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Discussion Starter · #1 ·
Scalextric? Just wishful thinking, I'm afraid, but come on Simon - you know you could make one if you wanted! "Classic Endurance Racer"

I started with an Airfix static kit of the 917K, Betta & Classic polystyrene and transparent vac-forms of the 1969 longtail and a Scalextric 2008 Honda F1. I'd noticed the Honda with its inline FF motor was startlingly fast on my track and I was intrigued to see if the speed would translate to my favoured GT cars.

It took some fairly drastic surgery, but I managed to graft the long tail and the 1969 headlights onto the Airfix centre-section. My thanks to Coides on this forum for the insight about how different are the lights from the usual short tail 917Ks. I left the Airfix cockpit roof and windows alone as they happen to be rather similar to the distinctive 1970 longtail car anyway. I find polystyrene is very forgiving to work and glue, compared with resin, fibre-glass or wood.

Paint is my usual Montana acrylic and the decals are home-made - an interesting challenge getting the red streamers around the lights to fit! It looked pretty good finished just with 3 coats of Klear, so I haven't risked trying to lacquer it yet.

I had intended to use all of the Honda F1 chassis, but as I examined it, I realised there really wasn't a useable front part, so I grafted the Scalextric guide and mount onto the front of a plastic chassis from a 1/32 die-cast toy. My idea was to use the Honda rear chassis as a sort of motor pod, so I fixed the front chassis-part rigidly to the bodyshell with three screws and screwed the rear chassis-part to the front through tabs with two more screws (like on a Slot-It motor pod). The Honda chassis was very narrow at the back, with only room for one screw instead of the two on a Slot-It type pod, but I attached this single screw to the back of the bodyshell. By loosening this screw and the two which hold the front and rear chassis parts together, the rear part of the chassis can flex while the guide and front wheels are fixed to the bodyshell.

Does it work? Yes! Better than I expected, in fact. The shell with interior weighs 25 grams and the complete car about 72 grams. With Fly wheels, NSR rear tyres, standard Scalextric guide, FF motor and magnet (sorry, magnet-haters - that's what you need to compete on my home track), it was straight away smooth and predictable to drive; just on the edge of drifting on the tighter corners. Over a mile, it's at least as fast as a standard NSR 917.

I hope this long-delayed post is of some interest.

Mike
 

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Cripes! That's a HUGE job with a great outcome, congratulations! And very fast too, that's the advantage of your strategy compared to starting with a heavy resin body.

Andy
 

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I really like this. I think is one of the best 917 LT I have seen.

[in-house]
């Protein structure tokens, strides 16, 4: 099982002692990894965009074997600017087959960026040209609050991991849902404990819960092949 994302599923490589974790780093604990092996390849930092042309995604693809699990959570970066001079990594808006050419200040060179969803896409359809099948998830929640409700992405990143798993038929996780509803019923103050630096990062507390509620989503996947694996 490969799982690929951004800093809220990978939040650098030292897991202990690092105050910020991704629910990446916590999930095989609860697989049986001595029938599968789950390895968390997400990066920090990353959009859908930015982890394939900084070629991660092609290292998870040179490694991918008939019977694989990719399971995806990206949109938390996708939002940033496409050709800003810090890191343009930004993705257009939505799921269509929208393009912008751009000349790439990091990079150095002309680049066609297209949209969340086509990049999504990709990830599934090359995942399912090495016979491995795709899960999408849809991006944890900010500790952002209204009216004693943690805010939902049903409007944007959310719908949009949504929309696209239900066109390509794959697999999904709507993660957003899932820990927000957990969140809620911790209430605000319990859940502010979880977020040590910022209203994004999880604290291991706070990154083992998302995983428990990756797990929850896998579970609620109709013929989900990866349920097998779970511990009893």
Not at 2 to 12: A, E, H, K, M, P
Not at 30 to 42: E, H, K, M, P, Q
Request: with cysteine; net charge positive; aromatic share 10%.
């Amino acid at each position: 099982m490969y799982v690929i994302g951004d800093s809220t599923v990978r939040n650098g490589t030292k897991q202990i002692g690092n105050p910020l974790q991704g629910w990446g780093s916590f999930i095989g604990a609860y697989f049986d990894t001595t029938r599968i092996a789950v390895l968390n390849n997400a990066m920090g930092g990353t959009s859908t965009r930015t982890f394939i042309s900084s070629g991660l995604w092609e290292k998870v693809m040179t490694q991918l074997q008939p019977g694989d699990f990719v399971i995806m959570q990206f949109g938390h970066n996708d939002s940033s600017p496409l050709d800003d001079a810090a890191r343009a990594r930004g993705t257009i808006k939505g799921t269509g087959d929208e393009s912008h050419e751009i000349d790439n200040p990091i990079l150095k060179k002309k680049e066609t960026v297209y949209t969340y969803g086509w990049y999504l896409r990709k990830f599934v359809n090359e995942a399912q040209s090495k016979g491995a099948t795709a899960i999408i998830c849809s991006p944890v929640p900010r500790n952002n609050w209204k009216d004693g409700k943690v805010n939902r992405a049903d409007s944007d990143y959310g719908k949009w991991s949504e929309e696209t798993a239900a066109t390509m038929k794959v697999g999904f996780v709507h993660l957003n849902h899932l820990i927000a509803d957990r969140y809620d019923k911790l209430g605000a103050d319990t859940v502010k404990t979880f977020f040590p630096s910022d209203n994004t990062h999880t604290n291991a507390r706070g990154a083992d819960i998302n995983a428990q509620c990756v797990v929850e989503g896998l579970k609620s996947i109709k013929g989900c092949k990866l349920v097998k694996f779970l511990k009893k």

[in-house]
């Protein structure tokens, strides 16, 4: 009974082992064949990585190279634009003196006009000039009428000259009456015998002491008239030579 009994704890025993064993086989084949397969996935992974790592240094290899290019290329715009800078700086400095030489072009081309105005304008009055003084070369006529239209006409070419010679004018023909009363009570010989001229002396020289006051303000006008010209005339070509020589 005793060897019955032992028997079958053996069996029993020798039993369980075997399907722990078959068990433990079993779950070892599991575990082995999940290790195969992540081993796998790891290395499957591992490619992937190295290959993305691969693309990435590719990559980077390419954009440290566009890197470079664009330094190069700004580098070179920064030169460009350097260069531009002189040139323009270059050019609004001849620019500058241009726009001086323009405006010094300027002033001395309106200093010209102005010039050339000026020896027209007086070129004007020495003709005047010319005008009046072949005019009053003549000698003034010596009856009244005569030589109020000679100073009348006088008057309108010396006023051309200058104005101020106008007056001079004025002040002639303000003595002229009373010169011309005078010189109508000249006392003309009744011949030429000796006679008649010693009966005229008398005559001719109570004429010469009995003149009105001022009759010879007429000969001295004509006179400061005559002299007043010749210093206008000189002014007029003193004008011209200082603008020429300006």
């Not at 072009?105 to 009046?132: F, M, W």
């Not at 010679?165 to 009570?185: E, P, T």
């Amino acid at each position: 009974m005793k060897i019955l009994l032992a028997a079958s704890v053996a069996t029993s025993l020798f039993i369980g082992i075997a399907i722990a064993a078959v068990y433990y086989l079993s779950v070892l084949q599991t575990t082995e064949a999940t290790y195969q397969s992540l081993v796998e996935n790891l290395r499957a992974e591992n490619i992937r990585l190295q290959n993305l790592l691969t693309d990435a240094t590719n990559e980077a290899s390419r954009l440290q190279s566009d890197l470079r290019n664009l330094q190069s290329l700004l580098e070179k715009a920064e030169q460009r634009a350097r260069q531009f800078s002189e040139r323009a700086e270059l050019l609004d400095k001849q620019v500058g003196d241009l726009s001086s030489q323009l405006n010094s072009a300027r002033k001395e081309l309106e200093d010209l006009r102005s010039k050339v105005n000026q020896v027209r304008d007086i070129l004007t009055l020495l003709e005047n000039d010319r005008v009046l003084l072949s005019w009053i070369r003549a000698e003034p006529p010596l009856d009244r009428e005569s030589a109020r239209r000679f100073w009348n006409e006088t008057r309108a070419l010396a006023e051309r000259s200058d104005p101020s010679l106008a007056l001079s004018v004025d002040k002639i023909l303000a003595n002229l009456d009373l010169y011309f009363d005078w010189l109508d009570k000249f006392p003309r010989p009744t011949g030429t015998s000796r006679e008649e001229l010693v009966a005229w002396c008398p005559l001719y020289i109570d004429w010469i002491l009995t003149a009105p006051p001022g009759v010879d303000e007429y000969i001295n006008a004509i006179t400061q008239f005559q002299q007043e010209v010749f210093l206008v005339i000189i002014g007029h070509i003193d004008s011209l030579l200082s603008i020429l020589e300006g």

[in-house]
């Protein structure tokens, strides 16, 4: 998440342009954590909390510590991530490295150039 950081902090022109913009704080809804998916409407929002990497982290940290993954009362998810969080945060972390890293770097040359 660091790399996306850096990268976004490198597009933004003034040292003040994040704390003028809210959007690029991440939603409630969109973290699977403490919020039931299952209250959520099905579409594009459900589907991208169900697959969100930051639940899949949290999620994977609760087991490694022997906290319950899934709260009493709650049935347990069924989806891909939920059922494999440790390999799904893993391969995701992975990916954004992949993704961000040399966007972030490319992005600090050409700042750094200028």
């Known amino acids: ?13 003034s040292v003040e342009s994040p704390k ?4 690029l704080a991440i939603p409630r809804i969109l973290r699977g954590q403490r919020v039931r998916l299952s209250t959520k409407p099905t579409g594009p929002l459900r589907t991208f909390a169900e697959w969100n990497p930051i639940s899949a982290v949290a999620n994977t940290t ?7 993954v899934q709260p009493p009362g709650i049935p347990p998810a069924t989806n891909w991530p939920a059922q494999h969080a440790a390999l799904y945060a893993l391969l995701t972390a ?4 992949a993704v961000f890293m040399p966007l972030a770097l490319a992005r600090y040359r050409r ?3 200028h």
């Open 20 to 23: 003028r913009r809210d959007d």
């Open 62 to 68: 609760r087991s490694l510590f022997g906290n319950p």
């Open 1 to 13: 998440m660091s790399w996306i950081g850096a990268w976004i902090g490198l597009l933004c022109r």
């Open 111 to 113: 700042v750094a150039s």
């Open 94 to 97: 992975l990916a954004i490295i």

Magnet on the side, what you have done with the chassis is also great.
 

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Absolutely wonderful. Far beyond anything I would even consider.....that's wonderful work.
 

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A remarkable build, thank you so much for posting.

David
 

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Un buen trabajo y si añadimos que has cortado el coche... Excelente.

A good job and if we add that you cut the car ... Excellent.

Frederic
 

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For students of history this car today - chassis 042 - exists in its 1971 longtail guise, and remains in its original Martini livery.

917-045 driven by Siffert/Bell at Le Mans, 1971, which was originally painted in Gulf colours, is also today in the same Martini livery.

It's a situation that has led to a little confusion among 917 fans, so I hope this clarifies things.
 

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Discussion Starter · #10 ·
Trisha - They had a Martini longtail 1971 car in the Le Mans circuit museum a few years ago when I visited. Do you know which one that is?

Mike
 

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Mike

The 917LH you saw in the LM Museum is 917-045 driven by Jo Siffert and Derek Bell at LM, 1971. It was originally painted in light blue with an orange top.

It's been my view for years that it should be returned to its original Gulf livery
 

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Discussion Starter · #15 ·
Le Mans Museum, 2013; of course, Larrousse was driving no 21, so that's the one they'd want! Personally, I think the wavy Martini stripes make it look clumsy and I, too, would prefer the Gulf livery in this case. Are the wheel spokes still Gulf orange?
 

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